Craig The country’s national park system is beginning to feel the effects of congressional sequestration, with many parks announcing cuts as the summer tourism season approaches.
Sequestration, a series of government spending cuts that went into effect last month, has forced the National Parks Service to trim 5 percent of its budget for the remainder of the fiscal year.
Dan Johnson, chief of interpretation and visitor services at Dinosaur National Monument, said National Parks Service officials decided to have each park absorb the hit equally and asked superintendents to develop a plan to cut five percent from their respective budgets.
For Dinosaur, in western Moffat County and eastern Utah, that cut equals $170,263, Johnson said.
Although many national parks have announced cuts to programs, maintenance plans, staffing and access, Johnson said, none of Dinosaur’s sites or attractions will be affected. Plans to rehabilitate Deerlodge Park Road, which provides access to the eastern most point of the monument in Moffat County, also will continue as scheduled this summer.
“After the announcement, we made the decision to ensure the whole park remains open to the public,” Johnson said. “In order to do that, we made the decision not to fill some of our vacancies for permanent employment.”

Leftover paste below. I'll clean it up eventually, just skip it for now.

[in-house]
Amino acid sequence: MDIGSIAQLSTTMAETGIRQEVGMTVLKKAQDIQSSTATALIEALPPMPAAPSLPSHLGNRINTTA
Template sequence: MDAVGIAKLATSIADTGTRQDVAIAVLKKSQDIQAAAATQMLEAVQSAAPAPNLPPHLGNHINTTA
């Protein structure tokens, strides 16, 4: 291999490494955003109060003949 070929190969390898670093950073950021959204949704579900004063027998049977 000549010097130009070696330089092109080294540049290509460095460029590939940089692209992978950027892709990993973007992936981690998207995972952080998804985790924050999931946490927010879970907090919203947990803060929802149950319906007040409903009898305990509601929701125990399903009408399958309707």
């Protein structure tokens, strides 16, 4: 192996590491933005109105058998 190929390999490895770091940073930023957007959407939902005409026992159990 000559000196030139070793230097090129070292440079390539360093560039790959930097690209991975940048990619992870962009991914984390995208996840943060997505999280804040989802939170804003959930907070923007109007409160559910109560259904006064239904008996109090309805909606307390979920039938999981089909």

Dinosaur officials will not fill two full-time positions this year, including one for a journeyman and one for a wildlife biologist. The monument plans to fill all of its seasonal positions, Johnson said.
Taking benefits into consideration Johnson said cutting the two positions will save Dinosaur about $150,000. Cuts to staff training, travel and supplies will make up the remaining $20,000.
Despite the fact that it’s business as usual for Dinosaur National Monument, Johnson said visitor traffic could suffer because of the nationwide media focus on national park budget cuts.
“We’re on one of those loops people tend to travel that allows them to visit multiple parks in one trip,” Johnson said. “We could be affected if people are worried about available services at other parks.”
Melody Villard, director of the Moffat County Tourism Association, said she already has launched a twice-monthly social media campaign notifying the association’s Facebook followers about roads and hiking trails that have opened at Dinosaur.
In June, the association will launch its new website, which will focus on summertime activities in Moffat County, Villard said.
“My plan is to promote the Moffat County side of the monument through the website, and I’ll probably up my Facebook posts to twice a week as more things open at Dinosaur,” Villard said.
The Quarry Visitor Center — 7 miles north of Jensen, Utah — and the Quarry Exhibit Center are open year-round. The Canyon Visitor Center, 2 miles east of the town of Dinosaur on the Moffat County side, opens Friday.
Access to Dinosaur National Monument is $10 for private vehicles and $5 for motorcycles and individuals on foot or bike. Entrance fees are valid for seven consecutive days. Annual and lifetime passes also are available.
For more information about Dinosaur National Monument, visit www.nps.gov/dino.
Joe Moylan can be reached at 875-1794 or firstname.lastname@example.org.